Open 6 a.m. to midnight daily except some holidays. Luncheon specials Monday through Friday 11:30 a.m. to 2 p.m. Dinner specials 5 to 8 p.m., except 11:30 a.m. to 8 p.m. Sunday. No credit cards. Parking on sides and to front.
Wayson's Corner is not on most maps, but is should be. In addition to the Maryland Tobacco Growers Association building and a few other establishments, it has Wayson's Restaurant. That, alone, is worth the trip 11 miles east of Beltway Exit 34 on Route 4.
The restaurant, with its neon signs, sits just across the Patuxent River in Anne Arundel County, the first turnoff over the river, at the intersection of Rtes. 4 and 408.
Open from 6 a.m. to midnight, seven days a week, Wayson's accomodates early morning and late night truckers, lunchtime eaters from the nearby Prince George's County seat of Upper Marlboro, and families out for dinner.
This down-home country restaurant has just a touch of city slicker. Fishermen returning from a day on the Chesapeake mingle with county officials and local farmers on any given night. And the large bar area off to one side is often filled with folks drinking with friends and watching the game-of-the week.
It is not fancy, inside or out. Wood-paneled walls, a counter and plain tables fill one room; leather booths and more tables fill the slightly fancier main dining room. Traditional oil paintings, which are for sale, hang on the walls. A back room, complete with fireplace and wall mural, is available for larger groups.
What Wayson's may lack in ambience, by some standards, it more than compensates for with excellent home-cooked food, pleasant waitresses and reasonable prices. Although there is no children's menu, children are charged half-price for portions that are supposed to be less but seem almost adult-sized.
During the week, there are $2.75 luncheon specials including entree, vegetables, rolls, beverage and dessert. The daily dinner special costs $3.95 Monday through Saturday and $4.95 on Sunday and includes all fo the above except beverage.
Before bringing my family to dinner at Wayson's, I had enjoyed two lunches at the restaurant - fried oysters and spare ribs. Both were excellent, and I expected no less from our family dinner one Sunday.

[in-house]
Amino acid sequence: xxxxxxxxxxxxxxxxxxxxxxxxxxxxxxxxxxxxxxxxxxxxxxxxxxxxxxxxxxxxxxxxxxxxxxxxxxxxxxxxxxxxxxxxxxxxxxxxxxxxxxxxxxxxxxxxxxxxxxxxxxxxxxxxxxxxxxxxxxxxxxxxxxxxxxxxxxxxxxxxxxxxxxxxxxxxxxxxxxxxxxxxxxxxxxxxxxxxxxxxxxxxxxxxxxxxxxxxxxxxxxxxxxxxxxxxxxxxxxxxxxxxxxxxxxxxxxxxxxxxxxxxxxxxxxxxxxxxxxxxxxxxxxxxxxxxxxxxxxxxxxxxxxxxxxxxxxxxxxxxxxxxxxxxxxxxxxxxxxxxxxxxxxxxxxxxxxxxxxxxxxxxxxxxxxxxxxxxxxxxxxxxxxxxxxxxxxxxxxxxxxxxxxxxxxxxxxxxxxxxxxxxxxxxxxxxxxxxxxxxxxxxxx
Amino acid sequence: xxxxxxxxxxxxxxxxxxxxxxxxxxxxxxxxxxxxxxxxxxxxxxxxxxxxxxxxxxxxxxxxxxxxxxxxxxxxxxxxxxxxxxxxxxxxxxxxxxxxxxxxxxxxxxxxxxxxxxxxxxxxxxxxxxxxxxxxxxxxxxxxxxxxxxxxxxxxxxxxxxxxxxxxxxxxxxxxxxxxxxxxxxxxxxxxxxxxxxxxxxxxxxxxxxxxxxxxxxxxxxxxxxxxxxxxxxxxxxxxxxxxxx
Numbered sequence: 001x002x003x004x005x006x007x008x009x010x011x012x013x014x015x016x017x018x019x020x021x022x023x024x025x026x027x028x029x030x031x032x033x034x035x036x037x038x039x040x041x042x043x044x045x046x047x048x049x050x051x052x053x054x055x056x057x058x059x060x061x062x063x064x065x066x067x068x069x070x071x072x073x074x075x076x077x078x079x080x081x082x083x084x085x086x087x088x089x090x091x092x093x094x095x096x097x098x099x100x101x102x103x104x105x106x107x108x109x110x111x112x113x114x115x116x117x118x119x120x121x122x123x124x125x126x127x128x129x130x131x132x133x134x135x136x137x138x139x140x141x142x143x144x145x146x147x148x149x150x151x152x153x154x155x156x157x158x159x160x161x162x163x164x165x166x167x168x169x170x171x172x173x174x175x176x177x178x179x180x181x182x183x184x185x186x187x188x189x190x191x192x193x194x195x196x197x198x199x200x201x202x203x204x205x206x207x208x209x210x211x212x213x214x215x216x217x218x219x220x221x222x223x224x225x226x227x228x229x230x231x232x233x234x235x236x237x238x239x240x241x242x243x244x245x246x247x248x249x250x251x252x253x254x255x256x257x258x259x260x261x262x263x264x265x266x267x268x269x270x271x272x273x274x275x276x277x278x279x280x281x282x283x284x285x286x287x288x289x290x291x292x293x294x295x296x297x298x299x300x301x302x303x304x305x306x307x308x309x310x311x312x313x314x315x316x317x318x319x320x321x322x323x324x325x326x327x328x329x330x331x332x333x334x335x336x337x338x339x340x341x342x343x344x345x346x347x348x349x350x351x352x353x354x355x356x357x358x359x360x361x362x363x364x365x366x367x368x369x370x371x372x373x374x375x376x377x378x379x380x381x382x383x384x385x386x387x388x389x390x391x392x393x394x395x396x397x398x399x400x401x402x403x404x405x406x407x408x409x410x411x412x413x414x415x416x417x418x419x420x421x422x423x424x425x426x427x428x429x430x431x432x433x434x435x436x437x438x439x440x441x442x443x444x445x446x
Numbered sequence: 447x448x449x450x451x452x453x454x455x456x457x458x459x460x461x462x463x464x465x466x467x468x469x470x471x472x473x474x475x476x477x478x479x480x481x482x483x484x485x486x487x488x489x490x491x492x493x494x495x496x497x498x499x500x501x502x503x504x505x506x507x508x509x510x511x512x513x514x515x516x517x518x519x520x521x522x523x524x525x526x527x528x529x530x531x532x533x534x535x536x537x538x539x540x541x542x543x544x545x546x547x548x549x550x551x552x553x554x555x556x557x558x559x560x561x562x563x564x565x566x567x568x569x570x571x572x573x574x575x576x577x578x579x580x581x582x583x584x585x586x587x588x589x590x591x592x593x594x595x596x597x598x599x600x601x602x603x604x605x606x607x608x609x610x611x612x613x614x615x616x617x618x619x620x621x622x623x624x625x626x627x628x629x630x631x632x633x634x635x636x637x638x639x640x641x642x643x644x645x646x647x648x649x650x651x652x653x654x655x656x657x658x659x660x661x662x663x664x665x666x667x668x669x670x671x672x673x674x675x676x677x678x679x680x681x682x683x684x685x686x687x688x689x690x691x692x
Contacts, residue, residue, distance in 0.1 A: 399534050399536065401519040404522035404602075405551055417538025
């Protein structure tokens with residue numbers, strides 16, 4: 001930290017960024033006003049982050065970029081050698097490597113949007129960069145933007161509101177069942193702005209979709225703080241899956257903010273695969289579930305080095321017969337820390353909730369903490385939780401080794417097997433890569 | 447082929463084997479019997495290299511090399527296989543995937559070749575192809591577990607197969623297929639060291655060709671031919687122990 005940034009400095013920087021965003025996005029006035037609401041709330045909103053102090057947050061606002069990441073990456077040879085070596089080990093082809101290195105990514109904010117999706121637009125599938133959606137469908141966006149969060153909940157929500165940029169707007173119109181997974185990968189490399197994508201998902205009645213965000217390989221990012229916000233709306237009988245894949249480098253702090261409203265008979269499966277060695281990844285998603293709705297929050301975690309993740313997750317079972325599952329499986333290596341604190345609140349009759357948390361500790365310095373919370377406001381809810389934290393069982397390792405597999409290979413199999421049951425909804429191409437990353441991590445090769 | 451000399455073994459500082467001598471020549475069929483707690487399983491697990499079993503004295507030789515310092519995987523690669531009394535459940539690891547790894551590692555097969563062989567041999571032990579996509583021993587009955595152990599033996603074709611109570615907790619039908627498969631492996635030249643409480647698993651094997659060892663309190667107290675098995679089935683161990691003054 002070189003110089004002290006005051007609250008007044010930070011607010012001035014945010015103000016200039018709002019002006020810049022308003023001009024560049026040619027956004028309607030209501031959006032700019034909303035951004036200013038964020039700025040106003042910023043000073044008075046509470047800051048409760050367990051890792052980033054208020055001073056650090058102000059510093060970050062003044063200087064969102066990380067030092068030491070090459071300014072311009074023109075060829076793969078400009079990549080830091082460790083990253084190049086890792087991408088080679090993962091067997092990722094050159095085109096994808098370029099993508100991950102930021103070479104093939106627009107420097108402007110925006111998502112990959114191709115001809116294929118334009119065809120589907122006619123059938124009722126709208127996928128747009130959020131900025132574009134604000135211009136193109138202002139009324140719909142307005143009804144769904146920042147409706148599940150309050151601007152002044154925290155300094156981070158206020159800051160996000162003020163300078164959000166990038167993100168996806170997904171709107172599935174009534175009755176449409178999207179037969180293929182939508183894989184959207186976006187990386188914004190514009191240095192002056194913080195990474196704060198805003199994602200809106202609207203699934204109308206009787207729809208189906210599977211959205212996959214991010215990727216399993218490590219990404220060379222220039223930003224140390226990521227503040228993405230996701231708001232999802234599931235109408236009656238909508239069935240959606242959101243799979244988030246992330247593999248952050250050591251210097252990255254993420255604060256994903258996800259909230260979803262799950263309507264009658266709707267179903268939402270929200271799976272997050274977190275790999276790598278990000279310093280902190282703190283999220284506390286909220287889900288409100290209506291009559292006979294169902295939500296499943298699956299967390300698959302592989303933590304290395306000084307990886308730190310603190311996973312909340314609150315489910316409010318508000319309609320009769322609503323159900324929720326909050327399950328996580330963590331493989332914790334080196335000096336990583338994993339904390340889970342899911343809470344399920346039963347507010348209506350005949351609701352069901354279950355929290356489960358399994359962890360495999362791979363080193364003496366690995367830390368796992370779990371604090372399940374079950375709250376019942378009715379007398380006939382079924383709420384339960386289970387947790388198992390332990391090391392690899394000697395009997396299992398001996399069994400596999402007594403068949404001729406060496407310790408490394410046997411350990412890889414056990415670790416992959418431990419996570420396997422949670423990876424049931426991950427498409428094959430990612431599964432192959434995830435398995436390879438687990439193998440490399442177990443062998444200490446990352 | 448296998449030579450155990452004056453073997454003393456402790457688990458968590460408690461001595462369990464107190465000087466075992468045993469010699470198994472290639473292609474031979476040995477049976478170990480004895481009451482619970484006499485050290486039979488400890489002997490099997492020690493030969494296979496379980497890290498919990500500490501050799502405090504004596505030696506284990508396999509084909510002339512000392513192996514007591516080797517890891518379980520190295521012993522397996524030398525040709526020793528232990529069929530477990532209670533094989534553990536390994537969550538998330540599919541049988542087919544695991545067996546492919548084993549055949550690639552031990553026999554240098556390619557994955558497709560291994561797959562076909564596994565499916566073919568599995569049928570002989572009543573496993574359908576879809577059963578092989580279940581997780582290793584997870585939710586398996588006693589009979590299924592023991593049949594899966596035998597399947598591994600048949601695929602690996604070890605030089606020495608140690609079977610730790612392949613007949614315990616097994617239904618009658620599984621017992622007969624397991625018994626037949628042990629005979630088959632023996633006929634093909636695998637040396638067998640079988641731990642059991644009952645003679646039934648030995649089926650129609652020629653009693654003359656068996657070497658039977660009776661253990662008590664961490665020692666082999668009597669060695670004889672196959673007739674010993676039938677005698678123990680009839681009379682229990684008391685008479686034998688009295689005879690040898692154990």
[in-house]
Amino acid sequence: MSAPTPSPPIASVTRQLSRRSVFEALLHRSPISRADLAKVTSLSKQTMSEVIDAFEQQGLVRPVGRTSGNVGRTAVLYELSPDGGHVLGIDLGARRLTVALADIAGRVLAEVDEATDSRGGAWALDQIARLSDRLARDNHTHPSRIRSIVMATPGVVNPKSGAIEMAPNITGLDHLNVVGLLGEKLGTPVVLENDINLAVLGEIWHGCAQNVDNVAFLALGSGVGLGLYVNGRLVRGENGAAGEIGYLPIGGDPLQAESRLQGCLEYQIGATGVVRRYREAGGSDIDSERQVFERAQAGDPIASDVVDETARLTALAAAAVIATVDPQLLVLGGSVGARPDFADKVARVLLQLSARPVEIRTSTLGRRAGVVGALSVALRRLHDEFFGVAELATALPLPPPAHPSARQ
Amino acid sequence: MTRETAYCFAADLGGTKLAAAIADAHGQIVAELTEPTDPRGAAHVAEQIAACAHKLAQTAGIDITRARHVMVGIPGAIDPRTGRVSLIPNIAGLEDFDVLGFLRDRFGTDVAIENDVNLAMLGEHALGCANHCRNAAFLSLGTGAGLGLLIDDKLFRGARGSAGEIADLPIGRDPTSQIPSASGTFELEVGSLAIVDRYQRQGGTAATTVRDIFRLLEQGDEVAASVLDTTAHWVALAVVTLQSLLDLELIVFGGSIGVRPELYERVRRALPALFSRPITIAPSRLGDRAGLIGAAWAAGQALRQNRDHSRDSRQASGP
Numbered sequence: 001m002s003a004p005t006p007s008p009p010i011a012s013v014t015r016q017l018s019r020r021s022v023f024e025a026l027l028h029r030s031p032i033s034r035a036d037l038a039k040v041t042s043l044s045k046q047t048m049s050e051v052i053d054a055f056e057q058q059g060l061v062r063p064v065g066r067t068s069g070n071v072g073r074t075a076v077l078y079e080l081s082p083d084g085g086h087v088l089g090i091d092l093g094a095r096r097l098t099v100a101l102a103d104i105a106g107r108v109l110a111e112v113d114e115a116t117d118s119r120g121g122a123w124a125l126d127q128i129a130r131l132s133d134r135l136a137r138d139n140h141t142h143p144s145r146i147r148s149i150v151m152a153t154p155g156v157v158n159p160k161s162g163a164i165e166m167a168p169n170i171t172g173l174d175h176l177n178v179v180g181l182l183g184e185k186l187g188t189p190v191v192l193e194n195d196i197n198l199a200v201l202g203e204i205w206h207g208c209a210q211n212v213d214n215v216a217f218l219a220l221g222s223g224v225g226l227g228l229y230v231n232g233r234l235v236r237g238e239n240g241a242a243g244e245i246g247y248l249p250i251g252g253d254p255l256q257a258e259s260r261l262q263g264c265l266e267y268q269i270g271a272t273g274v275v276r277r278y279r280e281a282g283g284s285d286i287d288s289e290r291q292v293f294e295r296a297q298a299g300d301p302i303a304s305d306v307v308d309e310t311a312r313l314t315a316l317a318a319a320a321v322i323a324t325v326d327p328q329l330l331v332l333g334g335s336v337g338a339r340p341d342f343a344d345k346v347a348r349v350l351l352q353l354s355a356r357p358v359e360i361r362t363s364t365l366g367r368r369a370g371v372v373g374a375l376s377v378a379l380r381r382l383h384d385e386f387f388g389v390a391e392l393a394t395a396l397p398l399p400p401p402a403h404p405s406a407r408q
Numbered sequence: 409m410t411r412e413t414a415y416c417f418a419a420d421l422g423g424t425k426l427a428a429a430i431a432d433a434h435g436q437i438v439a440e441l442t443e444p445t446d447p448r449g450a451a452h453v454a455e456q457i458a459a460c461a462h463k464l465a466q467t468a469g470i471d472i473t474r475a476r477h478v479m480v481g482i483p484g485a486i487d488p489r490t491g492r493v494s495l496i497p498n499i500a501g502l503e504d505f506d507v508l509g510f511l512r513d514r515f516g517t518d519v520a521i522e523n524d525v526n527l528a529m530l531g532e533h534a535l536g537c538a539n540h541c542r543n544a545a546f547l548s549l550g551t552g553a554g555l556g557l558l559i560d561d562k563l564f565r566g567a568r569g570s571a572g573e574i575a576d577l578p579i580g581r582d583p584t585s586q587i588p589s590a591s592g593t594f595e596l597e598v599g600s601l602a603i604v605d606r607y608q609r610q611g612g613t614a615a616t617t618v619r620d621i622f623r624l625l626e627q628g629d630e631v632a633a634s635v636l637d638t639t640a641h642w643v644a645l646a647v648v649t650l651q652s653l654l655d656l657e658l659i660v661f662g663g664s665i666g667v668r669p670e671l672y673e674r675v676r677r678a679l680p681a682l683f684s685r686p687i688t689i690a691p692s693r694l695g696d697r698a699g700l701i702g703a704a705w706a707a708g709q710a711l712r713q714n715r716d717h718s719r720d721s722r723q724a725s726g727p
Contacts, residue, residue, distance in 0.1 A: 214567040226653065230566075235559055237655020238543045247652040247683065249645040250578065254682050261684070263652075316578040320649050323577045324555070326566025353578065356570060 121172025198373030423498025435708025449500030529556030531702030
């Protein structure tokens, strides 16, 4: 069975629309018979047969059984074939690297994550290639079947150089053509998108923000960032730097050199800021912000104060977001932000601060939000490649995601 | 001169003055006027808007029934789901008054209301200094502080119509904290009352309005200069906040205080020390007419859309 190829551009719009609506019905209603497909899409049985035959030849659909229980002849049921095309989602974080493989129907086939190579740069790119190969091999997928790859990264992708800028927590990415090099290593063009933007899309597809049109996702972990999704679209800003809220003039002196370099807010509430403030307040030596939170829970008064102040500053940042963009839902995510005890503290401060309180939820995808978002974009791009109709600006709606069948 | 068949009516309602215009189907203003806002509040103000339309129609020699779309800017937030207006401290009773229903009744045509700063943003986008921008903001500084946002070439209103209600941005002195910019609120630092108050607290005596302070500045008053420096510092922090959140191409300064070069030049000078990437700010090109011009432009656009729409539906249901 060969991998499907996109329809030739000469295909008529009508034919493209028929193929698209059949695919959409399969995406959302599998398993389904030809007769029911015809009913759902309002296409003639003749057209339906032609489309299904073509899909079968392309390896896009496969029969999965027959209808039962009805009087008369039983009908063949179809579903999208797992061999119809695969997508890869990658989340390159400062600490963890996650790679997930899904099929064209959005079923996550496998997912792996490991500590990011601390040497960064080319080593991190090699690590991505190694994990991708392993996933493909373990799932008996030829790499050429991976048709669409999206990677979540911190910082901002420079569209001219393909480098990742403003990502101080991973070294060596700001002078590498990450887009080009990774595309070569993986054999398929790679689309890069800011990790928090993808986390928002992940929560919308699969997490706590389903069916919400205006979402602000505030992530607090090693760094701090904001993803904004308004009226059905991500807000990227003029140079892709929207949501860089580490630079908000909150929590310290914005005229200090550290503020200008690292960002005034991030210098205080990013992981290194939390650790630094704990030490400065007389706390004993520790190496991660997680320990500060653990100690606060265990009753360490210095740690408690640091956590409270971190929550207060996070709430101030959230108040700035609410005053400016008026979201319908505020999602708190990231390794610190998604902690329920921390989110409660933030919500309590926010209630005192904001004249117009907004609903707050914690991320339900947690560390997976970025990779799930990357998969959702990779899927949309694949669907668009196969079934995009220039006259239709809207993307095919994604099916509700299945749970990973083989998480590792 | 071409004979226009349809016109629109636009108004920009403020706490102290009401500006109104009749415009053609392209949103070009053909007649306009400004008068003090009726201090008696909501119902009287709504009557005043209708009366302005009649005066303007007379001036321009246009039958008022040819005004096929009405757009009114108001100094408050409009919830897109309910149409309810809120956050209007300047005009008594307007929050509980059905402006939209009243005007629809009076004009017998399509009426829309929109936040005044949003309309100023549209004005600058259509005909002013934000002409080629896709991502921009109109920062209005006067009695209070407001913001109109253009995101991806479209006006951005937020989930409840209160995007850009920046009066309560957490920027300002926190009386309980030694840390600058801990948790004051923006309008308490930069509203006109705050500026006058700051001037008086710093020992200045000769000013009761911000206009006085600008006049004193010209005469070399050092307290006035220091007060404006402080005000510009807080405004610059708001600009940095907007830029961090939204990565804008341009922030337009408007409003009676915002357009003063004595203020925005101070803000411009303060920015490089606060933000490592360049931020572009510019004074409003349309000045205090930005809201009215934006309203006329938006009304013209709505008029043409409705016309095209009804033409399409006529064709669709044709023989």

We arrived about 4 p.m. to a restaurant at least half empty. There were other families eating - the restaurant has high chairs and booster seats. We found ourselves a booth and soon a waitress arrived with menus.
The dinner specials this day were roast duck with rice stuffing, half of a Southern fired chicken, roast beef and fried crab cakes. My wife and I each ordered crab cakes, a Wayson's specialty. Our five-year-old son ordered roast duck. He and I also asked for glasses of iced tea. He had wanted chocolate milk, but the restaurant's supply had run out.
The iced tea came immediately. My son, the food critic, complained that it tasted "a little bit watery," and he was impatient for our meal to arrive. "Hurry up, order," he commanded of no one in particular.
The dinners arrived soon enough, along with a basket of eight fresh-baked biscuits.
My wife found her two crab cakes to be "the lightest I've ever eaten." They were deep-fried without breading and heavy spices to obscure the flavor of the crab meat, which was all there was inside.
Our son said the duck would be "the last thing on my menu. "I'm too busy with other things," which were some of wife's beets, french fried potatoes and cole slaw.
"You want some of my home home fries They taste homemade," he said. "It's about the goodest cole slaw I've ever tasted. Try some."
The cole slaw, which I also had ordered, was delicious - finely chopped cabbage with a sweet taste. I did not taste his french fries.
Both my wife and I had baked potatoes with our meal. The potatoes came with sour cream and butter, and were cooked just right in aluminium fell. All dishes were served with lettuce and a slice of tomato.
Our son finally sampled his duck, which he said "tastes just like good chicken." It old not consume his interest, however, and we wound up eating most of it.
"You all finished? You did a pretty good job, didn't you?" the waitress said to him when she came to clear away our plates."Yeah, and I even ate most of my cole slaw," he said, [WORD ILLEGIBLE]
For dessert, he ordered jello but, since the restaurant was out of it, settled on bread pudding with us. The pudding was good with a soft vanilla sauce and many raisins. Neither I nor my son like raisins, however, I managed the separate the pudding and the raisins, while he simply forfeited his desert.
Despite the raisins and the "water" iced tea, our son noted approvingly, "This is a good place. It certainly isn't like (name of task food chain)."
Service was considerate and well-paced. Our bill came to $13.42, including tax. With tip, the meal cost a total of $15.42.